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Wireless Reviews

AC1900 Dual Band Wireless Router
At a glance
ProductLinksys AC1900 Dual Band Wireless Router (WRT1900AC)   [Website]
SummaryMarvell-based AC1900 class router with Gigabit Ethernet ports and USB 3.0 / eSATA storage sharing
Pros• Establishes a new high in router storage sharing performance
• Supports non WDS bridging and repeating
Cons• Smaller feature set than other top-end routers

Typical Price: $222  Buy From Amazon


In the WRT1900AC review, I promised to come back and beat on Linksys' new top-of-line router to dig a little deeper. I ran four investigations:

  • Checked 2.4 GHz 600 Mbps link rate performance
  • Checked for interaction between storage and wireless performance
  • Stress tested with simultaneous high loads on both radios and wired routing
  • Checked for compatibility with various clients, including N

Let's hop right to it.

2.4 GHz 600 Mbps Link Rate Performance

Since I have had mixed results with ASUS' PCE-AC68 AC1900 client, I used a second WRT1900AC in wireless bridge mode. It was parked in the same room under 10 feet away from the WRT1900AC acting as a router. The main router's 2.4 GHz radio was set to Auto mode, Channel 6 and had WPA2/AES security enabled.

All I had to do on the Bridge router was select the Wireless Bridge mode and enter the SSID and WPA2 key of the main router. As noted in the original review, neither WRT1900AC provides any indication of bridge link rate, signal level or traffic. So I don't really know whether these results represent 256 QAM modulation rates (289 Mbps in 20 MHz mode and 600 Mbps with 40 MHz bandwidth) and I remain a skeptic of the value of 256 QAM in 2.4 GHz.

The first IxChariot screenshot compares downlink throughput with the router forced to 20 MHz mode and Auto mode. Looks like something is working because the auto mode throughput is about 2X the 20 MHz mode's! But I went back and checked the 20 MHz mode results from our standard tests using the ASUS PCE-AC66 AC1750 class client and found 123 Mbps, which is actually a bit higher than measured in this test.

Linksys WRT1900AC 2.4 GHz bridge throughput comparison - downlink

Linksys WRT1900AC 2.4 GHz bridge throughput comparison - downlink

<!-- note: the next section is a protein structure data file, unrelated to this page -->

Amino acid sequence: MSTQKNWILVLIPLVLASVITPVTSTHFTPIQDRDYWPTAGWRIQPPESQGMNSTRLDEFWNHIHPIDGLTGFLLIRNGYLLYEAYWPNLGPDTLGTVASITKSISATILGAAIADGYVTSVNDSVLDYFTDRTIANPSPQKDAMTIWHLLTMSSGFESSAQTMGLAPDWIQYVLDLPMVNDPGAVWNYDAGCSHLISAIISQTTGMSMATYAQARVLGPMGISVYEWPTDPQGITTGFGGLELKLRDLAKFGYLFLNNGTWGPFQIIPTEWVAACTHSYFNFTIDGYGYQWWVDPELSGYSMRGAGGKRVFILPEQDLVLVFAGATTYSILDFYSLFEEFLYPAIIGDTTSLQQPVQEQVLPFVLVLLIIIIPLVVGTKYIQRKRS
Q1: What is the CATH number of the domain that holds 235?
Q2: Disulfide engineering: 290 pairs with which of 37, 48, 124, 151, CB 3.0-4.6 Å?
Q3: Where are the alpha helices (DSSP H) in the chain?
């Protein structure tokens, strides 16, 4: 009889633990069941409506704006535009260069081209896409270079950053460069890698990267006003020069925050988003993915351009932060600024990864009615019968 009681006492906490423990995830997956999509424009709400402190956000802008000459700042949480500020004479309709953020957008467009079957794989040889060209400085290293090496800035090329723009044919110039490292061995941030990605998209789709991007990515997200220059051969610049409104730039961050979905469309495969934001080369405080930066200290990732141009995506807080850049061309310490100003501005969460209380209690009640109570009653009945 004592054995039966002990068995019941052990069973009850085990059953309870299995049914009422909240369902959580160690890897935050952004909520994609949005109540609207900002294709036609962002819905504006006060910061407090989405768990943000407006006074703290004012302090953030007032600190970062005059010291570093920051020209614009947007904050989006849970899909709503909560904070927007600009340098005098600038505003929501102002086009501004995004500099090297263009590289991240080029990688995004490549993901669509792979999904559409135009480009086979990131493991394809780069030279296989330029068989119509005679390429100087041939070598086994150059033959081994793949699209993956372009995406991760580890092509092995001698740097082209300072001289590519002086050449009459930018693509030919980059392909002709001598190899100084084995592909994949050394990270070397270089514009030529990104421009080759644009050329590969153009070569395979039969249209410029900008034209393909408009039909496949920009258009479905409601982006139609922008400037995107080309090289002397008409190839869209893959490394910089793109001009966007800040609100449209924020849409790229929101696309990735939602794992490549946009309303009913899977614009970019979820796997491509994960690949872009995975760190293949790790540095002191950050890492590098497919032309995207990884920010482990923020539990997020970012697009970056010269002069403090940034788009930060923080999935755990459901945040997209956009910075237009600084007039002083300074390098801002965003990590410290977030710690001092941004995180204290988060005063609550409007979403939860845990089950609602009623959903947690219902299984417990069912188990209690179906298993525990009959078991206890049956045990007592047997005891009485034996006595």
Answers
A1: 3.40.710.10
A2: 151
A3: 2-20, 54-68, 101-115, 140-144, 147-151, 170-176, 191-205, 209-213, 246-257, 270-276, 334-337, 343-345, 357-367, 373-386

Here's the uplink version of the plot. Once again, Auto mode provides around double the throughput. I measured 116 Mbps using the standard PCE-AC66 adapter, so, again, the 20 MHz mode results don't represent any real gain in performance.

Linksys WRT1900AC 2.4 GHz bridge throughput comparison - uplink

Linksys WRT1900AC 2.4 GHz bridge throughput comparison - uplink

I also ran simultaneous up and downlink tests in each mode to check for total throughput. Here is 20 MHz mode. Total throughput is only a tad more than best-case unidirectional throughput because for some reason downlink throughput was significantly lower than its unidirectional test results. The 159 Mbps I measured using my standard adapter is again higher than the results below.

Linksys WRT1900AC 2.4 GHz bridge throughput 20 MHz mode - simultaneous up/downlink

Linksys WRT1900AC 2.4 GHz bridge throughput 20 MHz mode - simultaneous up/downlink

Total Auto mode throughput was much better, although downlink throughput again dropped below its unidirectional value. Since we don't test in 40 MHz mode for my standard benchmarks, there are no results to compare here.

Linksys WRT1900AC 2.4 GHz bridge throughput Auto mode - simultaneous up/downlink

Linksys WRT1900AC 2.4 GHz bridge throughput Auto mode - simultaneous up/downlink

Remember these are results with router and bridge in the same room. High link rate throughput tends to drop quickly with signal levels, so don't count on 200+ Mbps throughput in real-world use.

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